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Clans and Families of Ireland and Scotland
IV. The Kingdom of the Picts: Christianity, Paganism and the Making of Gaelic Scotland


Warfare was constant and built into the system. The warband was required for the protection of the king and hence of the kingdom. The king kept his warband in bread and beer, distributing heirloom swords, gold and silver rings, and other favors as he was blessed with booty in war. The fame of a king attracted bold warriors to his hail, but success built upon success, and keeping an effective warband meant using it to gain more treasure. Treasure in this Heroic context meant weapons and war gear as much as it meant gold, and the best heirloom swords were beautifully worked in gold and red enamel, in addition to being deadly weapons tried and proven on the battlefield.

At the mead bench, the king and warriors were entertained with beer and impromptu formulaic compositions on traditional themes, such as the Anglo-Saxon story of Beowulf or the British Y God oddin. Such heroic tales set the pattern of Heroic society, for their heroes typically lived richly and died in lasting fame. In the mead hall, inspired with beer and tales of glory, the king’s warriors pledged themselves to "never desert him in war." This initiated a friendly competition for bolder and more specific pledges of martial action in support of the king, bringing mirth and comradeship to the mead bench, and treasure to the warriors involved. A good king was liberal with his gold, while a good warrior was unrestrained with his pledges. However, such pledges were socially binding, and the only excuse for not fulfilling one was to die in the attempt; otherwise he lost prestige, reputation, glory, money and even membership at the bench. A warrior without a lord was a lonely man indeed.

Heroic society in the seventh century was based upon Indo-European continuity with late Iron Age cultures in the North. The tradition giving it its identity was tribal, Heroic, aristocratic, military, preiiterate (oral) and pre—Christian (pagan). The pagan aristocracies saw themselves as descended from incarnations of their respective "god of the otherworld." For Anglo-Saxons, this genealogy would typically include Woden (Odin), the god of wisdom, or Scyld, as a protective shield and fertility god to his people. Other Celtic and Anglo-Saxon deities had the power of the muse over various areas of human endeavor, just as tribal kindreds tended to stay within their hereditary occupations. Later kindreds had their patron saints, one of the many examples of syncretism and continuity between the old and new religion.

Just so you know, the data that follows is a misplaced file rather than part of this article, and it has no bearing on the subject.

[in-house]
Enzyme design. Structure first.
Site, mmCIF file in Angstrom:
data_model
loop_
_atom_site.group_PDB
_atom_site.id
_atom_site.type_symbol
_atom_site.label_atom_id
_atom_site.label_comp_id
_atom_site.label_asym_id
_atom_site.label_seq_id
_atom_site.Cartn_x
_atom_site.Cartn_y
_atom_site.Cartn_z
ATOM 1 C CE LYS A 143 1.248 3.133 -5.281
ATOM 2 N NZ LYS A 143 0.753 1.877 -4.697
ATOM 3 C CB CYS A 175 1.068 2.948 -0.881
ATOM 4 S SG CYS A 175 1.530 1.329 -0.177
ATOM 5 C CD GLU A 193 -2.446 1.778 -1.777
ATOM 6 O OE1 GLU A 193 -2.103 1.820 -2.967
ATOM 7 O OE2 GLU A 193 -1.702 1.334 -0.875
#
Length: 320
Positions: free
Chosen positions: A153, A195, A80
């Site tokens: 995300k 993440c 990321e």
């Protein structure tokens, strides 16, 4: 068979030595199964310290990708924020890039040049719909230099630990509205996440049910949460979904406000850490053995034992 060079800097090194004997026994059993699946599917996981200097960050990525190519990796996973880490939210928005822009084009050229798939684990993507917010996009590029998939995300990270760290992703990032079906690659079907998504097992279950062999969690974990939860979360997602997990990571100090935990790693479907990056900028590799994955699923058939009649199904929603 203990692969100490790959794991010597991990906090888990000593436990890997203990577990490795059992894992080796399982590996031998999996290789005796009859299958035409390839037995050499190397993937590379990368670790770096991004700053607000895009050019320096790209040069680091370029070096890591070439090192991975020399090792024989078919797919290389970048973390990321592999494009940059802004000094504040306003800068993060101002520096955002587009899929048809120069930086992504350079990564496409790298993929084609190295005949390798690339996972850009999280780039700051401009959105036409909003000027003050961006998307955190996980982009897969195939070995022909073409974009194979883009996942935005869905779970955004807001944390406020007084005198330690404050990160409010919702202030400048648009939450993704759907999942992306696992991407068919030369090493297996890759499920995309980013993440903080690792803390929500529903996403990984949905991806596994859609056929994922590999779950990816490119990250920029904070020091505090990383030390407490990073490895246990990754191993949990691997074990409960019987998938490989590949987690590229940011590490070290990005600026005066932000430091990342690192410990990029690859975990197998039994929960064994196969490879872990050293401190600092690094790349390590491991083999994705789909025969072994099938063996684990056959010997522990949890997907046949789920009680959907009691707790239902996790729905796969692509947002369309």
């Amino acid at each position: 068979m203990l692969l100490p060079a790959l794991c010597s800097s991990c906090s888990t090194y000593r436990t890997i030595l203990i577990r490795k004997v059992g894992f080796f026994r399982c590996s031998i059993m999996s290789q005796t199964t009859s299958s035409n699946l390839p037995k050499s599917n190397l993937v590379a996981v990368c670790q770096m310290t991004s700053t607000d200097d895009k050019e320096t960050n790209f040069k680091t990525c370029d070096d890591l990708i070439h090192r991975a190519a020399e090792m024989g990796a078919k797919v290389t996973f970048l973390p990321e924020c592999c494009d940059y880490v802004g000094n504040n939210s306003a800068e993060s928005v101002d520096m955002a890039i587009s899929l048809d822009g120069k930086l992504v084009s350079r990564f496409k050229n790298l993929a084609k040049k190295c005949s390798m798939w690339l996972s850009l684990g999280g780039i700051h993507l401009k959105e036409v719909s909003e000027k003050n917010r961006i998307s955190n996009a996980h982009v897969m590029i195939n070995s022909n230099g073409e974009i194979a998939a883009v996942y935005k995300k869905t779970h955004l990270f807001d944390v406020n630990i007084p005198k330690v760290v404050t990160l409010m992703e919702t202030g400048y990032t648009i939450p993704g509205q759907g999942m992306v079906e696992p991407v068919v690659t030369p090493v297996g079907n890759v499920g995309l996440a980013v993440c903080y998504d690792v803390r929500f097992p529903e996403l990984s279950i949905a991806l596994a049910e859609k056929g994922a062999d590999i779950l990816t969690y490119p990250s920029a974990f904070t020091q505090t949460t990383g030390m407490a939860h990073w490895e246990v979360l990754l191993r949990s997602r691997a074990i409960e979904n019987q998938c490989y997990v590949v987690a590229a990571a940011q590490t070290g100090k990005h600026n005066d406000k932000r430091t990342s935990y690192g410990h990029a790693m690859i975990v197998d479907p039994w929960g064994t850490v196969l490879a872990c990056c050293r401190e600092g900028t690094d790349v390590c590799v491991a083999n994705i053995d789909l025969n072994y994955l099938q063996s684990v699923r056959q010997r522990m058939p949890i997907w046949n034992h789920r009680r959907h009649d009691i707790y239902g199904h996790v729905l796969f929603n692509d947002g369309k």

Heroic society was aristocratic, stratified along a caste system similar to and cognate with that of Aryan (Sanskrit) India. Cognate Indo-European descent accounts for similarities in religion between Hinduism and the pagan cults of north Britain (and between these and the Persian Mithraism and Zoroastrianism). Pagan belief in an afterlife was strong and dualistic. However, Indo-European dualism was fatalistically expressive of the struggle between good and evil; it did not emphasize a dualism of spirit against flesh as did JudeoChristian tradition. The Heroic oral-literary tradition often had events in this world and in the otherworld of the spirit easily intermixed in a single continuous narrative. The heroes of these are found passing through doorways


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